When I’m not true to myself, it’s often because one of my inner parts is getting lost. Perhaps I’m putting all of my time into launching a new project (my Dreamer is chasing the big vision) and ignoring my family at dinner to text colleagues under the table (my Lover got lost, so I neglect my relationships). Or perhaps I keep listing all the ways an endeavor could fail (my Thinker overindulging in hypotheticals) so that I never take decisive action (my Warrior is sidelined and twiddling her thumbs). I’ve learned in time how to recognize the feeling of agitation that happens when I’m out of sync between my selves: it gets harder to sit still, harder to keep quiet or speak softly without shutting down completely, harder to stay engaged in the present moment, harder to listen respectfully to opposing views. When I’m not being true to my selves, or they’re out of alignment with each other, everything takes more effort than necessary. That wasted energy of internal friction is my metric that something is wrong, and I’m off the path.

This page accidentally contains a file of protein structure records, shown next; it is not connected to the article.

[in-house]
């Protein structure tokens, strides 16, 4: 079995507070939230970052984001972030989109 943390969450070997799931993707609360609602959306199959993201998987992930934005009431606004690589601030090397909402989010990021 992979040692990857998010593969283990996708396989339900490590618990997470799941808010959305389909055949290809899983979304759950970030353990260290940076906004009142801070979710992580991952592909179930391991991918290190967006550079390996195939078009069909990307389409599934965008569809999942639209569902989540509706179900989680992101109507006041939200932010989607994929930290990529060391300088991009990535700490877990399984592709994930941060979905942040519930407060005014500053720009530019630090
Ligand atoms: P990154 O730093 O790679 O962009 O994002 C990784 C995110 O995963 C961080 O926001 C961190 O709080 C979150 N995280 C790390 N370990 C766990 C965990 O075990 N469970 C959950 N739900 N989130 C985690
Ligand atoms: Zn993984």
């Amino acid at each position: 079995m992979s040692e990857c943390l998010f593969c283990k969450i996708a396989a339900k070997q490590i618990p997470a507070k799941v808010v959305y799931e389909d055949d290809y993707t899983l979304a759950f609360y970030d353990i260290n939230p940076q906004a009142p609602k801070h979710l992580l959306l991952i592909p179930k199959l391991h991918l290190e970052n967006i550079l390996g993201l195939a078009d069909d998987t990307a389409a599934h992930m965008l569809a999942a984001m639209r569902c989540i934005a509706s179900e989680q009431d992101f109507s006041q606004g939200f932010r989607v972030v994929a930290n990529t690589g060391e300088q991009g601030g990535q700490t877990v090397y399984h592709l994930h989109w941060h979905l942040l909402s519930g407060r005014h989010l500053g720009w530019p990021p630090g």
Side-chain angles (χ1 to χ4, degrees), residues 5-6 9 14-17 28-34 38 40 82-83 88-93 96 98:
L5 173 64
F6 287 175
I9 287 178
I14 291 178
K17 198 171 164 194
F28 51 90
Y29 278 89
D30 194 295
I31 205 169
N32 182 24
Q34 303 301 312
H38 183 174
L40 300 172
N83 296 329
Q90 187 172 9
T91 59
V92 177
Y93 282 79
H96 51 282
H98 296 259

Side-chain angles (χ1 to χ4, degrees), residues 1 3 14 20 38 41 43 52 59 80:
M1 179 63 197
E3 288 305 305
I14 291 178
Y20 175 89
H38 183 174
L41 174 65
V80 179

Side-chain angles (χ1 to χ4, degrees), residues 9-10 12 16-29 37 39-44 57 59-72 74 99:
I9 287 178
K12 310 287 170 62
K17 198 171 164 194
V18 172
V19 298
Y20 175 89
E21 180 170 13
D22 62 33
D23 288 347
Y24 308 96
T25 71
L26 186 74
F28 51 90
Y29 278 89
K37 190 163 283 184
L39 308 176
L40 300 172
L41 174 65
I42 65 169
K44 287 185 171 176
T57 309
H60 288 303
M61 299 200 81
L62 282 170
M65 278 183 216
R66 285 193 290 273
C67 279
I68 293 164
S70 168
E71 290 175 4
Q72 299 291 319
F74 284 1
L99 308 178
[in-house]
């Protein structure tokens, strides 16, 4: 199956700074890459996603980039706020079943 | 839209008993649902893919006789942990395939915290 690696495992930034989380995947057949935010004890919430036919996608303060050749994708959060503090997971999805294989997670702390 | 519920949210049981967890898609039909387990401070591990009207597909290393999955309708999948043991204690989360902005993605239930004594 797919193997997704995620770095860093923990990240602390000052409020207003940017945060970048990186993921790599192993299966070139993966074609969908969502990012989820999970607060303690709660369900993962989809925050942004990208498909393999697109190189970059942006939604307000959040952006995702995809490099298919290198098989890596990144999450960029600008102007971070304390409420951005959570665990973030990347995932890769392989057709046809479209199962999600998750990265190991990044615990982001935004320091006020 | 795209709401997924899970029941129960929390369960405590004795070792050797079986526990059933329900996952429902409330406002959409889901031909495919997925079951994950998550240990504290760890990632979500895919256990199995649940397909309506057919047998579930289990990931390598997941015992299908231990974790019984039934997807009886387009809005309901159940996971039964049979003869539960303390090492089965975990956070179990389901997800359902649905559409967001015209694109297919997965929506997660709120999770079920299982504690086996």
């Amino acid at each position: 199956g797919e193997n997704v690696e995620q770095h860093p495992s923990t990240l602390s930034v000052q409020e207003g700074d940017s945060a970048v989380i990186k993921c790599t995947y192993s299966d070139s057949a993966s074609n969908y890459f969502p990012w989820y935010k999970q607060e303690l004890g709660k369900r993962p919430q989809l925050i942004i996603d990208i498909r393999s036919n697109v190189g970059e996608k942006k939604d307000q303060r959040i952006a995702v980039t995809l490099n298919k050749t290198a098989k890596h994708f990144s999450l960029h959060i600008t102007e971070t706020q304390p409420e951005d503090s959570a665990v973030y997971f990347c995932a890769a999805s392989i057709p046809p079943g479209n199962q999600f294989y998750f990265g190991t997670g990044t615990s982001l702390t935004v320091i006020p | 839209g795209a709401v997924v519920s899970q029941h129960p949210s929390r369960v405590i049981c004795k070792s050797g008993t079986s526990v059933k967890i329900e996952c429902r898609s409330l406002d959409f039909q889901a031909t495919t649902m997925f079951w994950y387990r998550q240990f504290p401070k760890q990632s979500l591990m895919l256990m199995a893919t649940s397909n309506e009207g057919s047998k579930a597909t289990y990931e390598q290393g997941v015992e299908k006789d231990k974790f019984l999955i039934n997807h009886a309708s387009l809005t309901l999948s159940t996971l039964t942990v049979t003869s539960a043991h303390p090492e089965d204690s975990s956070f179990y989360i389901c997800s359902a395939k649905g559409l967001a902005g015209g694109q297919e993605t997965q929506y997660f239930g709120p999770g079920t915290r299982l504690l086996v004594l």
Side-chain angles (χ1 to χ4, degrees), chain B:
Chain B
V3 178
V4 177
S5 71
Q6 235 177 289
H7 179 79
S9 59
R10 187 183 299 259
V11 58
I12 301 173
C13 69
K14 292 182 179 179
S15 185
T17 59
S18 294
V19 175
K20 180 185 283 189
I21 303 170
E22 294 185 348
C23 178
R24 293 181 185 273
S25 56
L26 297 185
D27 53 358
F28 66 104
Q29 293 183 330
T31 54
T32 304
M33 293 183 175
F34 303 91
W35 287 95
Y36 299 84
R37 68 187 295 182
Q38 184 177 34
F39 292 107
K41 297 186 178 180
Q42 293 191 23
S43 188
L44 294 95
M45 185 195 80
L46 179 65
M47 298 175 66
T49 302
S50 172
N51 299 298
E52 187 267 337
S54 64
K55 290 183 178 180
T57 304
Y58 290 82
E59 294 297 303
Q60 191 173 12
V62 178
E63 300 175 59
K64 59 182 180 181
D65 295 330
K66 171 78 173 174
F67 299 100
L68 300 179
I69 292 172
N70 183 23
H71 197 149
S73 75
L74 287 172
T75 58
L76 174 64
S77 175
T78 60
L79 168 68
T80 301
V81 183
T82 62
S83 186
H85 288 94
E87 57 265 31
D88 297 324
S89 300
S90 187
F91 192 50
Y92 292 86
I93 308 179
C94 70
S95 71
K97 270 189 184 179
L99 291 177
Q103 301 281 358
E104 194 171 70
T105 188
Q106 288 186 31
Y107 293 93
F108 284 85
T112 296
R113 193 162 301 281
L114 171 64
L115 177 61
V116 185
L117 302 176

Take the Road to Success, One Self At a Time
Here’s a little practical advice on staying true to each of these parts:
If you’re not being true to your Dreamer, you might find yourself listless and bored. You might feel stuck and pessimistic about the future, or just stifled in your routine. If so, try temporarily releasing your creativity from any demand for quality or practicality. Imagine absolutely everything is possible: your dream job, relationship, physical and mental health, your ideal community. See yourself content, joyful, at some moment in the future. Look around at the picture you create for inspiration. In the “real world” some of those dreams can’t happen, at least not exactly as you picture them. Yet letting yourself muse about your ideal world energizes your Dreamer to remember that your future holds great possibilities.